Portraiture features heavily throughout, shifting between the black figure as symbol and a more empathetic and quotidian approach. Mickalene Thomas’s photograph Lovely Six Foota (2007) shows an afroed woman with level gaze, legs seductively ajar, in a floral patterned living room. She is beautiful, but very real. Carrie Mae Weems’s poignantly titled I Looked and Looked to see what so terrified you (2003) is a black-and-white photographic diptych of a middle-aged woman in quilted dress staring into a hand-mirror, bringing to mind W.E.B. Dubois’s idea of double consciousness: “this sense of always looking at oneself through the eyes of others, of measuring one’s soul by the tape of a world that looks on in amused contempt and pity.” Rashid Johnson’s black-and-white diptych—mirroring Weems’s—is entitled Self-Portrait as the Professor of Astronomy, Miscegenation, and Critical Theory at “The New Negro Escapist Social and Athletic Club” Center for Graduate Studies (2009). It depicts the artist as dreadlocked, cleanly dressed with glasses and an inscrutable expression, against a tiled backdrop, perhaps commenting on the many labels and preconceptions that (white) societal gaze foists upon a black man who is, after all, not doing much of anything.

The show successfully places the black struggle today, inside America and out, in wider historical context. Hank Willis Thomas’s sculpture If the Leader Only Knew (2014) is a bronze cast of five pairs of hands holding onto barbed wire, an element cropped from a Holocaust photo and decontextualized, so that it could easily refer to mass incarceration in America. The result is a visceral ache. Nearby, Christian Boltanski’s Monument Canada (1988) displays fifteen blurred portraits of children, their faces partially obscured by lamps hanging in front of them, with children’s shirts in neat stacks underneath. It gestures obviously to Holocaust memorials, faces forgotten, bulbs snuffed, leaving behind a smattering of artifacts by which we can hardly remember them. Other nearby pieces comment on imperialism, war, and the international system of borders and visas. And we remember that racism is America’s original sin—our albatross—but just one facet of the cruelty that has marred humanity from time immemorial.

At times, the show sidesteps identity. Lorna Simpson’s photographic Holding and Breaking (1992), a triptych, is a comic-strip-esque depiction of a black figure breaking a glass, with the word “an agreement” splashed across the climactic scene. Dario Robleto’s Lamb of Man : Atom and Eve : Americana Materia Medica (2006 – 2007) imagines garish album covers from record imprints representing various strains of the American psyche. Xaviera Simmons contributes a photographic self-portrait in a bleak North Carolina landscape, Session One Around the Y (2010). She shields her face, strews her guitar onto the left side of diverging train tracks, and reminds us of the agony of choice in a benighted world. These works help broaden the scope of the exhibition beyond questions of black artists thinking about blackness to black artists thinking about, well, anything at all.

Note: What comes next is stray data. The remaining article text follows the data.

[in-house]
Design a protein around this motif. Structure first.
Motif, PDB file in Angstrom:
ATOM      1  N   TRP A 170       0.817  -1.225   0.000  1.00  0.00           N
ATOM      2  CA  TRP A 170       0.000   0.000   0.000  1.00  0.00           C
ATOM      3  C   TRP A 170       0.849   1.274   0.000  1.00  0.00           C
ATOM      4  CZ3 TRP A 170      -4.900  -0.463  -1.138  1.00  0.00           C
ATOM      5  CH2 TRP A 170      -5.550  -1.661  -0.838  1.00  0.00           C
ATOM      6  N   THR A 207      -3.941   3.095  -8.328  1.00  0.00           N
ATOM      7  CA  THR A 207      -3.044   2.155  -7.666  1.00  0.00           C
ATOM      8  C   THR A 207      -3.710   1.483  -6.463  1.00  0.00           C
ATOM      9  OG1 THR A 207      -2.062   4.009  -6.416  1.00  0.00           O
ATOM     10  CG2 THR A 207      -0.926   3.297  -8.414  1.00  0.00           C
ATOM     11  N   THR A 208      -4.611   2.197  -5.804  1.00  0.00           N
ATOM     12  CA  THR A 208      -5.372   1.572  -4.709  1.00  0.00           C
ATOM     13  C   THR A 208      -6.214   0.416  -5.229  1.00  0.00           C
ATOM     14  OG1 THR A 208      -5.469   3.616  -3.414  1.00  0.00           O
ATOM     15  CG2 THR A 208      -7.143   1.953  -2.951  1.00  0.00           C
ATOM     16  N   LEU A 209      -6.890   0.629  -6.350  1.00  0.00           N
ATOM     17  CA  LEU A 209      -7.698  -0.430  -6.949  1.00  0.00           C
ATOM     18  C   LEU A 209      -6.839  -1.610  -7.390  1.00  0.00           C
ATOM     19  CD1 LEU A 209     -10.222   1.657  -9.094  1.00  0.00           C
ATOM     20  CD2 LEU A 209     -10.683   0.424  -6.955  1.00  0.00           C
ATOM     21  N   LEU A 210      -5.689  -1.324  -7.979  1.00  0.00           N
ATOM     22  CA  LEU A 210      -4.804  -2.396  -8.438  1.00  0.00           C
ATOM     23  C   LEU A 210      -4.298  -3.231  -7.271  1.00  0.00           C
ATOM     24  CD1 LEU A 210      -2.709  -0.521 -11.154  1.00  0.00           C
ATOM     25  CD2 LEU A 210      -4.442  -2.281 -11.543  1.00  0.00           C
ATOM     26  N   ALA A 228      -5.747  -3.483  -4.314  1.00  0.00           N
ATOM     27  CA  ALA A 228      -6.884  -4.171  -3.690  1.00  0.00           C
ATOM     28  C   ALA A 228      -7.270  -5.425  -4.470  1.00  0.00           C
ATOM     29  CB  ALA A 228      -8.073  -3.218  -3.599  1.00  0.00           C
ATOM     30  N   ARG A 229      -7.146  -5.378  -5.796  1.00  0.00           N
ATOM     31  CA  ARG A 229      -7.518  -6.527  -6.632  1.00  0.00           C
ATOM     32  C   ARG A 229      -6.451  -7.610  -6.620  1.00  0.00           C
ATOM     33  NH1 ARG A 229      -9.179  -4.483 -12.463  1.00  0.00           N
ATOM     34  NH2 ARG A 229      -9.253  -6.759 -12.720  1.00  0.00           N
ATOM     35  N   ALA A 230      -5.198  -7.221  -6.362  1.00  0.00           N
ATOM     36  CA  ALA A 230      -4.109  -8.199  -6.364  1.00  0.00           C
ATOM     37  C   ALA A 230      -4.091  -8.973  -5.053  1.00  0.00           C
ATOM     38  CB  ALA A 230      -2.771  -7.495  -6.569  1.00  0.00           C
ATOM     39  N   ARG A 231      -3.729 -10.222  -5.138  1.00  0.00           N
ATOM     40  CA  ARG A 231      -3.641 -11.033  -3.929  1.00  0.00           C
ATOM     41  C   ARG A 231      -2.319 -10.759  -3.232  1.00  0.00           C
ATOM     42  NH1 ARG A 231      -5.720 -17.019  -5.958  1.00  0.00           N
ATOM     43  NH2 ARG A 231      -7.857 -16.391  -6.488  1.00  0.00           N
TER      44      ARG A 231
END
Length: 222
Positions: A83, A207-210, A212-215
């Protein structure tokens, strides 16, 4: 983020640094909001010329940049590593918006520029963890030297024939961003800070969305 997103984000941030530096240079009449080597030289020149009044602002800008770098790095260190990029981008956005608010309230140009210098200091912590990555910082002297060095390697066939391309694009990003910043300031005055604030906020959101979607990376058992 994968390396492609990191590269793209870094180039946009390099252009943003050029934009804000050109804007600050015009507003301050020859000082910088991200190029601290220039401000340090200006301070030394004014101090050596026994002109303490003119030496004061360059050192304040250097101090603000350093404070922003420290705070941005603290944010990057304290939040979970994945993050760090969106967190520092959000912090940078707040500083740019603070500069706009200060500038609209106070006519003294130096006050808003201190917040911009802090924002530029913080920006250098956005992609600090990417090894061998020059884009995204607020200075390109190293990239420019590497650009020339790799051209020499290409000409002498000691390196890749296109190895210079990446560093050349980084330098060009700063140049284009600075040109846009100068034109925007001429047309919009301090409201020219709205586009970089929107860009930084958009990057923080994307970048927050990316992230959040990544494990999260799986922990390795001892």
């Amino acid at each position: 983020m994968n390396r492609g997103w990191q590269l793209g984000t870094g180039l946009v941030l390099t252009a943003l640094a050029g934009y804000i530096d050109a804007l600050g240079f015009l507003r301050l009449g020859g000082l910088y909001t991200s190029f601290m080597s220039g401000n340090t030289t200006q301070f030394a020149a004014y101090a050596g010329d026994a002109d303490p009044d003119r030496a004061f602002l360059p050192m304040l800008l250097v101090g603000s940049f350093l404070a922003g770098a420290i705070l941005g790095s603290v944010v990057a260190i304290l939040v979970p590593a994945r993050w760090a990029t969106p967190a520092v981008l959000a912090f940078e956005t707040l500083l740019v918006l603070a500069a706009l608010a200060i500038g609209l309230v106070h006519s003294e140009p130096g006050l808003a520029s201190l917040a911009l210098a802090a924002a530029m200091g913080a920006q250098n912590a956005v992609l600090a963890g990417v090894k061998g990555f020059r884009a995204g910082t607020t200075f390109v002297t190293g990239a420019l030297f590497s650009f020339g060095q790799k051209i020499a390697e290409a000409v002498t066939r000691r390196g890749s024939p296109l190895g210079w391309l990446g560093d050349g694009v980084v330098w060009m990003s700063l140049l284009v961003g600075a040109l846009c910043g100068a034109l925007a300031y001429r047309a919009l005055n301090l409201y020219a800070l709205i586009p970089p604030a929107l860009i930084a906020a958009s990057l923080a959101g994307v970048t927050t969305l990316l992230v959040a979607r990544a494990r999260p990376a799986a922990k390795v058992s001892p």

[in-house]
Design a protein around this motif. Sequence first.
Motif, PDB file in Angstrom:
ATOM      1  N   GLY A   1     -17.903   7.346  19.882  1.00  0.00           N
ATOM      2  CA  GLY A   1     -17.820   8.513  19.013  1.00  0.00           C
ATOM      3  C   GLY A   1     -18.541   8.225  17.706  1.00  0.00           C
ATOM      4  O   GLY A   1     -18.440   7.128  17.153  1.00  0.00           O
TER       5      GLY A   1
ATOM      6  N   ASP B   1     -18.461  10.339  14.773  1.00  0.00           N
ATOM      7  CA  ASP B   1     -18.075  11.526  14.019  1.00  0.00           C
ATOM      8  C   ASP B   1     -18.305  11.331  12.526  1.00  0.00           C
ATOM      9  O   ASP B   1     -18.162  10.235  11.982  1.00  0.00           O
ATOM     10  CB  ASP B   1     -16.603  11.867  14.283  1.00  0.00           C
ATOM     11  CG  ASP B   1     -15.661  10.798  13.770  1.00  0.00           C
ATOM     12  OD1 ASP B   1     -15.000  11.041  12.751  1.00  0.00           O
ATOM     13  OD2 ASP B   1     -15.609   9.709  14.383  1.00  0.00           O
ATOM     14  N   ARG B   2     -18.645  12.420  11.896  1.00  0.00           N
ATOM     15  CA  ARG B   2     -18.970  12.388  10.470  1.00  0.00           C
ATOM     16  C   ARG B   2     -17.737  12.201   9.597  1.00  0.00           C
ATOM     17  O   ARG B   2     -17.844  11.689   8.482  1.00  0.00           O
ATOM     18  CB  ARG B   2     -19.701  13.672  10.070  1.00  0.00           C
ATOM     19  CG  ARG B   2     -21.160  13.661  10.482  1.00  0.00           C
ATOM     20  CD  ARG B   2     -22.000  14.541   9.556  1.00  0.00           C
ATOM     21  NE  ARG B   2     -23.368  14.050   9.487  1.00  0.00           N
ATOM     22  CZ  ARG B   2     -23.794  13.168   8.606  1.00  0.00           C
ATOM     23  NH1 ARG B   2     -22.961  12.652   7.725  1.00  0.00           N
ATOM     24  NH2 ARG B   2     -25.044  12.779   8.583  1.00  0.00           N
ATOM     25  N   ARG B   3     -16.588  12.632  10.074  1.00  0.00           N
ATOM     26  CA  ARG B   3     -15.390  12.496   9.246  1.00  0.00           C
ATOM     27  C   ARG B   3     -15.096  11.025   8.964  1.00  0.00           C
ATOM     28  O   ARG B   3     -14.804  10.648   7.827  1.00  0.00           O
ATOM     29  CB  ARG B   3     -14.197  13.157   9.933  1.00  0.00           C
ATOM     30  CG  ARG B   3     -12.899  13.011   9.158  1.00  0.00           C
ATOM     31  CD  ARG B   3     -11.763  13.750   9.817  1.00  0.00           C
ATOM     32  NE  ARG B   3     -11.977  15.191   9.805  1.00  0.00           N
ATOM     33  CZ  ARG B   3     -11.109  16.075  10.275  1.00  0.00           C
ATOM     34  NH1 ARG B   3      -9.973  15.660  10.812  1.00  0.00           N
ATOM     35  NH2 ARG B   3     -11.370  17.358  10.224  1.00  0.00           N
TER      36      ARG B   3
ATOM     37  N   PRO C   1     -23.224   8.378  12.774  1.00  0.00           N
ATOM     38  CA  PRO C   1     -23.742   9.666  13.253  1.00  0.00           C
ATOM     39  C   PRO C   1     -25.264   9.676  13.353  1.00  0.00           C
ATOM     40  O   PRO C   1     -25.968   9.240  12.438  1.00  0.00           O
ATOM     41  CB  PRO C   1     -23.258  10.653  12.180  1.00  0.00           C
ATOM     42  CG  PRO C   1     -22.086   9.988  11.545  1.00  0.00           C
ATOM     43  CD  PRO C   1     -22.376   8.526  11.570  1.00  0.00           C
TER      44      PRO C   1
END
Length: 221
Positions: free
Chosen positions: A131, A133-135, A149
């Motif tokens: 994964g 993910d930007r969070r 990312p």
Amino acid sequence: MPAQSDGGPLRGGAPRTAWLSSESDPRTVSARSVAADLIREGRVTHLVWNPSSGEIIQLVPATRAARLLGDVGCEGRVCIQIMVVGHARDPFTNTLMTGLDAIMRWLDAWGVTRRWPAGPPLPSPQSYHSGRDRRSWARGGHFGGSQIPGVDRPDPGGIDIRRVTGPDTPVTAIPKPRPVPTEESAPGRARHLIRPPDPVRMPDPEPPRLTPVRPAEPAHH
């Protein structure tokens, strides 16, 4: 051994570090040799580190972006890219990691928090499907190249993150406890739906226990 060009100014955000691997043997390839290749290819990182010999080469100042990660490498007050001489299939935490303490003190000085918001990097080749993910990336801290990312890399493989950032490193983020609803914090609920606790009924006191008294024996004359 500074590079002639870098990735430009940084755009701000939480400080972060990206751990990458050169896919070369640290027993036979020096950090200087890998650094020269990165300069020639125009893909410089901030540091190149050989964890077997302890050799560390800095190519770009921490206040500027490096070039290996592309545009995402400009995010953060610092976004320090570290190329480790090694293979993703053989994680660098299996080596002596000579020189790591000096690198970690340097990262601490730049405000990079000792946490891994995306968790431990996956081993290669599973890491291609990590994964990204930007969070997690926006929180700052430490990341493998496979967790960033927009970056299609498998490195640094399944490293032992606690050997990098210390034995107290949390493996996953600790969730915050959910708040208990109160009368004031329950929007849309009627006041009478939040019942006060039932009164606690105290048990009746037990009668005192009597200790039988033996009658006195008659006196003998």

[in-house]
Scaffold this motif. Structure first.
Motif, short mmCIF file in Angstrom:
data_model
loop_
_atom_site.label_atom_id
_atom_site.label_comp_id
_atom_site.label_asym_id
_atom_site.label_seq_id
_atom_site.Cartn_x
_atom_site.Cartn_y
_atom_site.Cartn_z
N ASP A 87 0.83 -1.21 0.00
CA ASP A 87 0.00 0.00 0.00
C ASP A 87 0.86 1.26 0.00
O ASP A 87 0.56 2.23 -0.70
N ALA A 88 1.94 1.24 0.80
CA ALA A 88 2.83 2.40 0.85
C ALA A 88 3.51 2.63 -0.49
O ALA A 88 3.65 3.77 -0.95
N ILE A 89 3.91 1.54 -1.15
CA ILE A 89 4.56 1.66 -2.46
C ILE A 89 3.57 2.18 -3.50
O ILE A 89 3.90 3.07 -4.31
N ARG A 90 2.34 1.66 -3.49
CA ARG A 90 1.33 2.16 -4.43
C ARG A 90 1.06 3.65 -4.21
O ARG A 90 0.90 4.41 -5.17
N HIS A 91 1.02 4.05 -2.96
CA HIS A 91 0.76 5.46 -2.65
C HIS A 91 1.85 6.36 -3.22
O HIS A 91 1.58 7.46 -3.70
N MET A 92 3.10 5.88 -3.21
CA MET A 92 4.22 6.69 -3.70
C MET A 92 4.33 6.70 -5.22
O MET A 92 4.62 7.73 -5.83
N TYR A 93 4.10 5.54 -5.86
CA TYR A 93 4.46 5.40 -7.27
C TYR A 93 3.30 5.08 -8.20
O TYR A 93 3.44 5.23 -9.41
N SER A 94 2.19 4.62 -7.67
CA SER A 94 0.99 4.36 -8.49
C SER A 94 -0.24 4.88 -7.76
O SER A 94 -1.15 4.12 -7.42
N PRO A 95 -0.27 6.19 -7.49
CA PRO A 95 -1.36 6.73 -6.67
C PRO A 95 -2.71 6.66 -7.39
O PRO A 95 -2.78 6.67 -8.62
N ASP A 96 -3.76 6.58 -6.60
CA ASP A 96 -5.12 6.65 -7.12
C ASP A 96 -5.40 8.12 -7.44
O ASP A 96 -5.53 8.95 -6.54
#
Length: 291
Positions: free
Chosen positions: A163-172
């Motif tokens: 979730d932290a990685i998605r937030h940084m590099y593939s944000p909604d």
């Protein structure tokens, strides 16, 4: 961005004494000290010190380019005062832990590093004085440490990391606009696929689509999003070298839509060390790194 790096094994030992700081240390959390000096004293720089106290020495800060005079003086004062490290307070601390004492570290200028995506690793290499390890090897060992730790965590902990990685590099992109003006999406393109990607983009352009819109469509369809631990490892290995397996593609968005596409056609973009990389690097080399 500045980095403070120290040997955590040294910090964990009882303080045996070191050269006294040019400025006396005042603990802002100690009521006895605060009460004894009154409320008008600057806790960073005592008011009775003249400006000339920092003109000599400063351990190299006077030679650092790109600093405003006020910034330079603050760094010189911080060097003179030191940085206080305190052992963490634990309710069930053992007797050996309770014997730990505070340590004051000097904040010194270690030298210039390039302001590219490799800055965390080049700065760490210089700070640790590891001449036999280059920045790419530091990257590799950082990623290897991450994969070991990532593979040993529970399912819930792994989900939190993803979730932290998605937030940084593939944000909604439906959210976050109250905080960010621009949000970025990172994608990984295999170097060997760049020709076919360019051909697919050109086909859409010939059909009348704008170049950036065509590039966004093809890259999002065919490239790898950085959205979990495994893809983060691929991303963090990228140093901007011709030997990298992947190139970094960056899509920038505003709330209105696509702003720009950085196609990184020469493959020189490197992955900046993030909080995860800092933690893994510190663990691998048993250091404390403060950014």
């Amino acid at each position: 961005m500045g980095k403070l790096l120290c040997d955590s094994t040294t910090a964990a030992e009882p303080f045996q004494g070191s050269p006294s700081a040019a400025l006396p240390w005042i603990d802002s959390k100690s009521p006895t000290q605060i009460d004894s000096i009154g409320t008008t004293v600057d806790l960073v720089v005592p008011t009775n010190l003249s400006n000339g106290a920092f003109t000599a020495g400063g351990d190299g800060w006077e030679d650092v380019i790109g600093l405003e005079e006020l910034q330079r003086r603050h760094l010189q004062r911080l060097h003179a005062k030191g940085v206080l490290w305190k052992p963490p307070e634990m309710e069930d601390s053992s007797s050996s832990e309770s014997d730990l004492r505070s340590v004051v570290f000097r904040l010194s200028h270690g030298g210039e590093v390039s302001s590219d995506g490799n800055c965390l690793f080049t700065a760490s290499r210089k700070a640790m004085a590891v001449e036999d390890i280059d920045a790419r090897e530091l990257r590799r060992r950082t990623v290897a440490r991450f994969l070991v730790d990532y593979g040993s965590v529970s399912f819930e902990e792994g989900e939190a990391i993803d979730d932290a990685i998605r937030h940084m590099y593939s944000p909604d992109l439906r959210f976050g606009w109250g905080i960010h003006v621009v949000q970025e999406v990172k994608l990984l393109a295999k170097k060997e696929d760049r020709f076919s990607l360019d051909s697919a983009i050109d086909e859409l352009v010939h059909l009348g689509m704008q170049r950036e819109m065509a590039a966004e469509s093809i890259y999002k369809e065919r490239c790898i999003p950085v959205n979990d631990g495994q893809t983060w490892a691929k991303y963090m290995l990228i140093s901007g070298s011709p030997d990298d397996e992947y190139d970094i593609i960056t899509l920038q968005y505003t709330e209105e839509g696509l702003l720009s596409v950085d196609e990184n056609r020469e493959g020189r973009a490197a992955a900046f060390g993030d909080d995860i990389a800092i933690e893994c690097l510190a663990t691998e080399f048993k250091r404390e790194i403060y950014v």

Still, identity takes central billing. The later portraits in the show move from self-conscious questions of depiction and identity toward more straightforward, self-assured portraiture. Kerry James Marshall’s Portrait of the Artist and a Vacuum (1981) shows the eponymous appliance standing free, crudely rendered, in an empty room. On a big red wall, a portrait of the artist hangs, racialized as a stupidly smiling, gap-toothed, sable-skinned man. The emptiness of the room hints at the dearth of black subjects in art history, the portrait on the wall at the way they have typically been portrayed. But other painters seem more optimistic: Robert Pruitt, in Flux (2011), paints a shorthaired black woman sitting straight-backed and far gazing with a curious group of talismans hanging around her neck: clocks, totems, radios. Time-obsessed, she is both cognizant of the past and looking forward to a great journey. And in the next room, Barkley L. Hendricks, a favorite of the museum, contributes Bahsir (Robert Gowens) (1975), casting a sharp-dressed older black man in three thoughtful poses, as the Greek Graces: beauty, charm, and joy. He looks more like wariness, contemplation, equanimity. Lynette Yiadom-Boakye’s Tambourine (2010) is an impressionistic portrait of an androgynous black man à la Goya, with white turtleneck and black background. It is a warm portrait, simpatico, gorgeous to behold. Throughout the show, we reckon with identities buffeted by violence, be it from state power or from art-historical trends. These interspersed optimistic notes allow us to remember the beauty amid the struggle.

Contributor

Samuel Feldblum

SAMUEL FELDBLUM is an armchair philosopher pondering getting out of his armchair.